On ʾIslām, Being Muslim and Being at Peace
Excerpted from his long book, Embracing Islam, Some Reflections of the beginnings of my Path to Allah and by Allah is a very interesting essay on the early experiences and influences that brought Sḫaykḫ Nooruddeen to the Path and to the Way.
Four essays on Peace written in Alexandria, Egypt in the year 1991
The papers were written in the period between the Gulf War and the collapse of the USSR and were presented at four different inter-faith conferences held in Asia, Europe and North America that were convened by the International Religious Federation for World Peace in 1991-1992 CE. At these conferences various learned practitioners and committed representatives from the different religious traditions of the world spoke on various subjects having to do with peace in the light of their own tradition and understanding. The general purpose of the meetings was to share with and clarify for one another our various insights and understandings as to how peace, individual and collective, might possible be reached, given that so many conflicts in the world are seemingly generated by religious differences.
The reprint of the essay called A Few Brief Reflections of a Muslim Living in Early 21st Century Post-Modern America from the Autumn 2008 issue of Dialogue & Alliance, which asked Sḫaykḫ Noorudden to write an article "taking up the matter of Muslim life in Western and so-called 'Christian' countries and societies." This request resulted in some pertinent reflections on the personal and communal experience of living as a Muslim in post 9/11 America.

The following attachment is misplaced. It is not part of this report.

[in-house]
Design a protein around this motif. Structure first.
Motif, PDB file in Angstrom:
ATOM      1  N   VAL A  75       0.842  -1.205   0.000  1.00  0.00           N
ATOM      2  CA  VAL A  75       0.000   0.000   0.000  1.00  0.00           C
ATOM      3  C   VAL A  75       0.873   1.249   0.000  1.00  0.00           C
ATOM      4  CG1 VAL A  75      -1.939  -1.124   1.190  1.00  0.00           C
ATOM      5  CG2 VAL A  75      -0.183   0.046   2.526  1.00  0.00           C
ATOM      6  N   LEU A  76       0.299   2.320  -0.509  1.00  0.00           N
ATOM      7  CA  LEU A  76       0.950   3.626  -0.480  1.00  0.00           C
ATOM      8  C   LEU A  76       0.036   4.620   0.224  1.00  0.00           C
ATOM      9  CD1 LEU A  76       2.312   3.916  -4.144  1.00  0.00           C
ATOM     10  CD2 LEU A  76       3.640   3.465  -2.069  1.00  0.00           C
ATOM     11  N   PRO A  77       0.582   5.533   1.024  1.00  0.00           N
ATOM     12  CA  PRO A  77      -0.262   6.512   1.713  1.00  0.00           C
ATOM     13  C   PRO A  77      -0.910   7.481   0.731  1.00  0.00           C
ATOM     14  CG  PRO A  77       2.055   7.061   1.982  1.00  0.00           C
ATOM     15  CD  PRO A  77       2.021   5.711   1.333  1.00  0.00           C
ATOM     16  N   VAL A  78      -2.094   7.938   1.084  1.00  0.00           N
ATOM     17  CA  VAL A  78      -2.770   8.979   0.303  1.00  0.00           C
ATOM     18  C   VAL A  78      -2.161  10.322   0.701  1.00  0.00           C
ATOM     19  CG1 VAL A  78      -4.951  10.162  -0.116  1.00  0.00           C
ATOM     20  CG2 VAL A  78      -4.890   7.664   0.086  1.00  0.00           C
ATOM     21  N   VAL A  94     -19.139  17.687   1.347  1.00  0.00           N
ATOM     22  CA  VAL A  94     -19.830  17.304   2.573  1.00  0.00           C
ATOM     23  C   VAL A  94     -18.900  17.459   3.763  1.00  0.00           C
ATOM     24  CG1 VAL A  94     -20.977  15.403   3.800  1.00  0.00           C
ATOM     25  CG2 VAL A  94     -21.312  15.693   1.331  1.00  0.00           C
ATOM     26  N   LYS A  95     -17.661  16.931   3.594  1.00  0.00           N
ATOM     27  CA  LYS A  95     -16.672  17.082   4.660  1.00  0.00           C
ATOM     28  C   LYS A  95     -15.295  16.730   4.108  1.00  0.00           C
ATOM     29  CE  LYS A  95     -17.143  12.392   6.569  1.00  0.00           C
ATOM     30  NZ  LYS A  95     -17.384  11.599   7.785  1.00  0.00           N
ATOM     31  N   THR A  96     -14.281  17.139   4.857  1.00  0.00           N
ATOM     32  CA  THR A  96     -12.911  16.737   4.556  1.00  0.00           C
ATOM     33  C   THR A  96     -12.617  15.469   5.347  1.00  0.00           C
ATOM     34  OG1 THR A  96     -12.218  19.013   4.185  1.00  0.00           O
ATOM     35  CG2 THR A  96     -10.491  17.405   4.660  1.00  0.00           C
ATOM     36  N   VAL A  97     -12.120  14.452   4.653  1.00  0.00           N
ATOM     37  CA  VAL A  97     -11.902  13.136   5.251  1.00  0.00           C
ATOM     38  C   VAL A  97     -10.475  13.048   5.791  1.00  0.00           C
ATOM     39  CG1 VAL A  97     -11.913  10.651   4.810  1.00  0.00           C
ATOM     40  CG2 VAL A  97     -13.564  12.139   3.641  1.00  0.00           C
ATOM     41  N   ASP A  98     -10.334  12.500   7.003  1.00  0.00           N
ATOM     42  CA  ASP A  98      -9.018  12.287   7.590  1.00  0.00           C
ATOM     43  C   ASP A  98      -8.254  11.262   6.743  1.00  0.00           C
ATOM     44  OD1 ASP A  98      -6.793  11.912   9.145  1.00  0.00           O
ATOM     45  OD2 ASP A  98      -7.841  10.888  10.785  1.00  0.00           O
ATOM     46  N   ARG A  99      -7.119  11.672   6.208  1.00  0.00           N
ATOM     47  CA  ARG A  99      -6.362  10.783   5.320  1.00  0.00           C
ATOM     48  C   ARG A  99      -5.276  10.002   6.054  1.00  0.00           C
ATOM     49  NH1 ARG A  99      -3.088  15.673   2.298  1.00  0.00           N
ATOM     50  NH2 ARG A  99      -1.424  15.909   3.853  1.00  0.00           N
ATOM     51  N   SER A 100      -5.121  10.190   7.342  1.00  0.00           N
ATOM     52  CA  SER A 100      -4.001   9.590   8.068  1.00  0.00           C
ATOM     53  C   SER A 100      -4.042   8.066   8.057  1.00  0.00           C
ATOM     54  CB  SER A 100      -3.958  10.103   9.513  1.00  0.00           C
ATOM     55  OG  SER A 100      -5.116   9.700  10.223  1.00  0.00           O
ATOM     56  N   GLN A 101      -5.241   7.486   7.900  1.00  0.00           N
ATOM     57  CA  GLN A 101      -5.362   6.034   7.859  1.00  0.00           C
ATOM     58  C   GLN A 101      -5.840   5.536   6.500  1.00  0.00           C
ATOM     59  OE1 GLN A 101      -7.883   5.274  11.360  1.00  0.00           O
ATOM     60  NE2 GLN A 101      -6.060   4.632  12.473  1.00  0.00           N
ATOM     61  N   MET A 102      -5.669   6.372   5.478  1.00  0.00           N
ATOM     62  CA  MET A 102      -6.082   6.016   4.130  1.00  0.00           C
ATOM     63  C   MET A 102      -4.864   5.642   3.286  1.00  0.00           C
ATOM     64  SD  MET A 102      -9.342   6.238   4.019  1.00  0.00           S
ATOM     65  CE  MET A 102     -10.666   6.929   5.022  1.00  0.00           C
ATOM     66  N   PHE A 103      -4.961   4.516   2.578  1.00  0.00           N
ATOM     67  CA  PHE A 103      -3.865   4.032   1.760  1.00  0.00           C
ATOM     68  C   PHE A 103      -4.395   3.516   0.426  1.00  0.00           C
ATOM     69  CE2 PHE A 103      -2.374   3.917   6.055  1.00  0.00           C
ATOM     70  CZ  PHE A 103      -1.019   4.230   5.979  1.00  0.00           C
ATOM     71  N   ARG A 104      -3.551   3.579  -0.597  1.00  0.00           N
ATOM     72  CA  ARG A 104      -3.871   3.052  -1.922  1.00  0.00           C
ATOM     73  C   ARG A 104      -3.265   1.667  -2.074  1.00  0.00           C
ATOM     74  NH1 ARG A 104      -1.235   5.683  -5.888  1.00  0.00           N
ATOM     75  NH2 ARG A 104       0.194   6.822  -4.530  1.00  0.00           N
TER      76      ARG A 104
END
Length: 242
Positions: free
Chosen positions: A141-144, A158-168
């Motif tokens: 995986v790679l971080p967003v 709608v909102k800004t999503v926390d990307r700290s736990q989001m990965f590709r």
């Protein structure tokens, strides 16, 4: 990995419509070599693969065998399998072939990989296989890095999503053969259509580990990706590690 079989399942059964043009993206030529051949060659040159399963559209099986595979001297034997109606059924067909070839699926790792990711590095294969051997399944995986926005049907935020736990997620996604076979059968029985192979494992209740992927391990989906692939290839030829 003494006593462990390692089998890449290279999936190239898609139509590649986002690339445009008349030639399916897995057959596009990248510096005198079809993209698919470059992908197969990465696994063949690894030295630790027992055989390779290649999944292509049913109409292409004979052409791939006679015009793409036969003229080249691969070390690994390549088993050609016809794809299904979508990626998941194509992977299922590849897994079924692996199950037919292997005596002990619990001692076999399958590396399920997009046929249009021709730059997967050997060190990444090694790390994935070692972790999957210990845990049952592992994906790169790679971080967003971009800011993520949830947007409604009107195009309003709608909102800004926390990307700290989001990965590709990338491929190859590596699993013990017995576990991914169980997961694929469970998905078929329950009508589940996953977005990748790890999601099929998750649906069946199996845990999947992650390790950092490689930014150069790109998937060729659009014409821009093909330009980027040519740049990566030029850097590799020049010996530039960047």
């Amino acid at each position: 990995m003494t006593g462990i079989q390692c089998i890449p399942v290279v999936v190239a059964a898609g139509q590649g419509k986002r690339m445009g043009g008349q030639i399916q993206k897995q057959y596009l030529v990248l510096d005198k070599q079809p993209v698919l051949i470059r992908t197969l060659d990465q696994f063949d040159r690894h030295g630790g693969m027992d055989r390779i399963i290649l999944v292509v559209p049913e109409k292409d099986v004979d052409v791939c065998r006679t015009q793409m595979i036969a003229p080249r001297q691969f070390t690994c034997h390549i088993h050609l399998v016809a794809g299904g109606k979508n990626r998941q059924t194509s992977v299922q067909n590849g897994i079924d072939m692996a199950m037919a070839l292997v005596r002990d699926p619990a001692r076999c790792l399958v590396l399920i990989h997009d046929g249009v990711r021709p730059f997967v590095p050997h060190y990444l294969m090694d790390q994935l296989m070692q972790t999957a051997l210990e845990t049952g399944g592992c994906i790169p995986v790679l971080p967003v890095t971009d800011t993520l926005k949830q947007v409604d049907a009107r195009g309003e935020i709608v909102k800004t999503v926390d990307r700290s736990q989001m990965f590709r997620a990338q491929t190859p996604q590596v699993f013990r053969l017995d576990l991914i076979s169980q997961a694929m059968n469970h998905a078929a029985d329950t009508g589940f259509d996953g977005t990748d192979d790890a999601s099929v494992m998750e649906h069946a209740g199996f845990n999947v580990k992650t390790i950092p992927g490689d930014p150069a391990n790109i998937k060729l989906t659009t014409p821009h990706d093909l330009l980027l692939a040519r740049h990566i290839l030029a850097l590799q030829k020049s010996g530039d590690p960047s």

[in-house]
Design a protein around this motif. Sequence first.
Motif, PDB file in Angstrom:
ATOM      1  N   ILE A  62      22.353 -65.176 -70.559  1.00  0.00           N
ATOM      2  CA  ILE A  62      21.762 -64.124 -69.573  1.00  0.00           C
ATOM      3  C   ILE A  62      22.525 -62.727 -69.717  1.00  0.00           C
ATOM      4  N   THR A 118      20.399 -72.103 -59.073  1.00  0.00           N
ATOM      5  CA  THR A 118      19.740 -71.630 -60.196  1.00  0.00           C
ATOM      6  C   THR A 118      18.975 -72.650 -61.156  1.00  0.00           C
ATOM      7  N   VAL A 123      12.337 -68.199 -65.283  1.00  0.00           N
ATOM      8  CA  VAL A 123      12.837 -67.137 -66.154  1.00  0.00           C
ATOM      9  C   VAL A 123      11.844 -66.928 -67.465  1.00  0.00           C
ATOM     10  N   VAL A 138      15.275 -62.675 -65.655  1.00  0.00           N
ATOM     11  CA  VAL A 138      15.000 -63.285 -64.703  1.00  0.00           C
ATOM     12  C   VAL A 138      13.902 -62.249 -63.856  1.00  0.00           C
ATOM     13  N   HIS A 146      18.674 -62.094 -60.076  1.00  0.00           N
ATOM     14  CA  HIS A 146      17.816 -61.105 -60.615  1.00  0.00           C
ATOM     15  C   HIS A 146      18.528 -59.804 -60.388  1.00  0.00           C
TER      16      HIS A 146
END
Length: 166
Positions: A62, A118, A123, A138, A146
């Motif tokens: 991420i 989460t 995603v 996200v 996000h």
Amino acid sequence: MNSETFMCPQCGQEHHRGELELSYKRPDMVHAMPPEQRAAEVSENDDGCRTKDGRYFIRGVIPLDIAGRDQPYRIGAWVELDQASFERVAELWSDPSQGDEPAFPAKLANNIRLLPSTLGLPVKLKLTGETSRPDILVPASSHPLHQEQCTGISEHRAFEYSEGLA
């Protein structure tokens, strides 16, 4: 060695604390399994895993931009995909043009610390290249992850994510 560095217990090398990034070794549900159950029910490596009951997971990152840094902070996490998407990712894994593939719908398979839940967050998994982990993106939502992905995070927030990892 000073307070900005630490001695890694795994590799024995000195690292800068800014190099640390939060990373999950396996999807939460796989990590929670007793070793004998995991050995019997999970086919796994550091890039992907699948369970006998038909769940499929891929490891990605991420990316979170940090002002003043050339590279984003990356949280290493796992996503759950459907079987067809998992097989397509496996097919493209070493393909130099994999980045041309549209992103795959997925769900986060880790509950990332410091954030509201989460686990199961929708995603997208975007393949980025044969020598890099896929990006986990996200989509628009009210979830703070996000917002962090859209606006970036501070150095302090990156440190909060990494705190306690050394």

A reprint from 1987 spring issue of Muslim Education Quarterly which was also presented at the seminar Promoting Understanding and Unity in the Islamic World in Istanbul (1986).
The article explains the Sḫaykḫ's position with regards to the effects of technology on tradition; to quote from the book: "...contemporary technology is inimical and fundamentally antithetical to the traditional mode on almost every level including the practical, religious, philosophical, metaphysical and spiritual. This antipathy is the expression of the fundamental conflict for dominance between man, created of mud, water and spirit, and machine, created of mineral, fire and mind."
A plea for tolerance and understanding and even celebration of difference with many examples of the behavior of the Prophet ﷺ, as opposed to intolerance that leads to hate and injustice. Two haditḫes summarize the premise of the essay: "Differences of opinion in my community are a blessing"; "He who calls his brother a kāfir is himself a kāfir".
From the text: " ... The surest basis on which dialogue between Muslim and Jew can best proceed is on our common belief in the same God; One without an other, totally indivisible." Common ancestry and many common beliefs are described in this essay.
A penetrating essay on the differences and similarities in the two, finding both, but with one deep difference that can never be resolved, concluding with the advice of Allāh to share with one another in good works and He will sort it out in the end.